By Dr. Victor S. Sierpina
At the 2012 UTMB School of Medicine graduation, guest speaker Dr. Jennifer Arnold, medical director of the Pediatric Simulation Center at Texas Children’s Hospital and star of “The Little Couple” on TLC, inspired us all to live with humility and compassion.
Students, their families, and faculty were all moved by her endearing story of having to overcome the challenges of a rare form of dwarfism to become a leading neonatologist at Baylor.  Dr. Arnold described the challenges of her short stature and physical deformities and how it forced her to have great determination and courage in the face of adversity.
Like our graduating students this year, she also experienced a major hurricane while she was starting her training. Just as Hurricane Ike struck our current graduating class a couple weeks after they started medical school, she weathered a hurricane in Miami just as she started college.
She has had more than 30 orthopedic surgeries at the caring hands of a committed Hungarian surgeon. He took her aside after her celebratory graduation dinner from medical school for a few words. In moments, he distilled to her the essence of his 30 years of experience on what it means to be a healer. Technical skill and the latest knowledge are required, of course.
But being a true healer requires humility in the face of complex decisions, the unknown and mysteries in the human condition and also compassion in the intense experience of caring for those who suffer. To succeed in the face of such odds and persevere as our students have done requires an incredible effort.
The medical school environment is competitive and it challenges students to master enormous amounts of information and many skills. Medical branch students are truly committed to the compassionate, competent care of patients.
Learning humility also is a professional’s lifetime work. It is hard when you are in charge and patients’ lives might hang on your decisions to admit, even to yourself, that you are in doubt. An attitude of confidence and even bravado is self-protective in such situations. It can, at times, lead to a certain arrogance, born out of insecurity and fear of our all too human fallibilities.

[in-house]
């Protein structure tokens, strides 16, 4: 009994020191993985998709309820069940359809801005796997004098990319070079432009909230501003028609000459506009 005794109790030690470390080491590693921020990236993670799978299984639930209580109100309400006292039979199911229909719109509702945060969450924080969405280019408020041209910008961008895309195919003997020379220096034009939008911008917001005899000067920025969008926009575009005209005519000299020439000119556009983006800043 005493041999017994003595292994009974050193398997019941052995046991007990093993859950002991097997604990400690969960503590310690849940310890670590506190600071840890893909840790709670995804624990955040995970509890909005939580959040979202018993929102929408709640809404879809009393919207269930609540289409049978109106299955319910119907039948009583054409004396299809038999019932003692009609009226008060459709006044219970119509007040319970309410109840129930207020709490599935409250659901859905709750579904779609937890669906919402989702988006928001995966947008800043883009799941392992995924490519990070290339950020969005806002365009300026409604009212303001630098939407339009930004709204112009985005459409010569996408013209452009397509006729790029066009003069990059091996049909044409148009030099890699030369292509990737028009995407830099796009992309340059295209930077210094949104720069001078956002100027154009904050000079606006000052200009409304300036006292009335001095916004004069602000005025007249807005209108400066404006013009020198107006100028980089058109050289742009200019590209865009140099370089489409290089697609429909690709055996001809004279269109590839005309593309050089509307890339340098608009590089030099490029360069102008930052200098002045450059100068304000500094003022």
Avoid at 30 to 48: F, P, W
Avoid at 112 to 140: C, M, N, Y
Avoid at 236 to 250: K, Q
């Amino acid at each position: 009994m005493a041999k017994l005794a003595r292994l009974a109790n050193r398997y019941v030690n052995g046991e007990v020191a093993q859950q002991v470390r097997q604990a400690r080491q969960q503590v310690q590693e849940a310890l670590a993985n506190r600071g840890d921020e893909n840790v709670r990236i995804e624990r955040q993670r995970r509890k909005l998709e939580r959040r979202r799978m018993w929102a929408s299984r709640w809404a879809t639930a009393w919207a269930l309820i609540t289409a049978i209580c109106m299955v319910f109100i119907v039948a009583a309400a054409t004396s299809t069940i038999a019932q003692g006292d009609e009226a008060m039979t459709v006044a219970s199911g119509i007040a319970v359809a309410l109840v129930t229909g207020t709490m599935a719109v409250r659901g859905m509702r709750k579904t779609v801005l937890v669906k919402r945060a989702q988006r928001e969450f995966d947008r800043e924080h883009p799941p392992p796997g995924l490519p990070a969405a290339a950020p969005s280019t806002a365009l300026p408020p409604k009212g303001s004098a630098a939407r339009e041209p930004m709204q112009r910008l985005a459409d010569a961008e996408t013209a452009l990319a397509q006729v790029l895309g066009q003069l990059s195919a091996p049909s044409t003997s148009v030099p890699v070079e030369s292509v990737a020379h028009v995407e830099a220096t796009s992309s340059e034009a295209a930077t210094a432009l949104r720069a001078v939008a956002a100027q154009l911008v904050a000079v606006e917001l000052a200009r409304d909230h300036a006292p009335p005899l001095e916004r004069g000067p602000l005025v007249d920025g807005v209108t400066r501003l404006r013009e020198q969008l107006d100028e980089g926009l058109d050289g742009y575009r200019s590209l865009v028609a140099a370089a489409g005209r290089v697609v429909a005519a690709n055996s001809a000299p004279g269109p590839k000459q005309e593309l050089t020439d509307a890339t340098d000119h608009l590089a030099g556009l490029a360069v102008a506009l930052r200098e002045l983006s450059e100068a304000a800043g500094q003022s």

Her advice guides not only health care providers but for those in any walk of life. Admit when you don’t know what to do next. Asking for help is not a sign of weakness; it is a sign of strength.  We all work in teams, families and mini communities. We learn from each other by building on our mutual strengths and individual gifts.
Serving as an effective healer, parent, student or other role in our society requires us to see our similarities with others, not our differences. We must acknowledge that we are no better or worse than others by basis of our birth, education, income or social status. This requires the kind of humility that brings compassion to our work, relationships and peace to our world.
Helen Keller, blind from birth, offered us the following:
“Your success and happiness lie in you. ... Resolve to keep happy, and your joy and you shall form an invincible host against difficulties.”
Dr. Victor S. Sierpina is the W.D. and Laura Nell Nicholson Family Professor of Integrative Medicine at the University of Texas Medical Branch.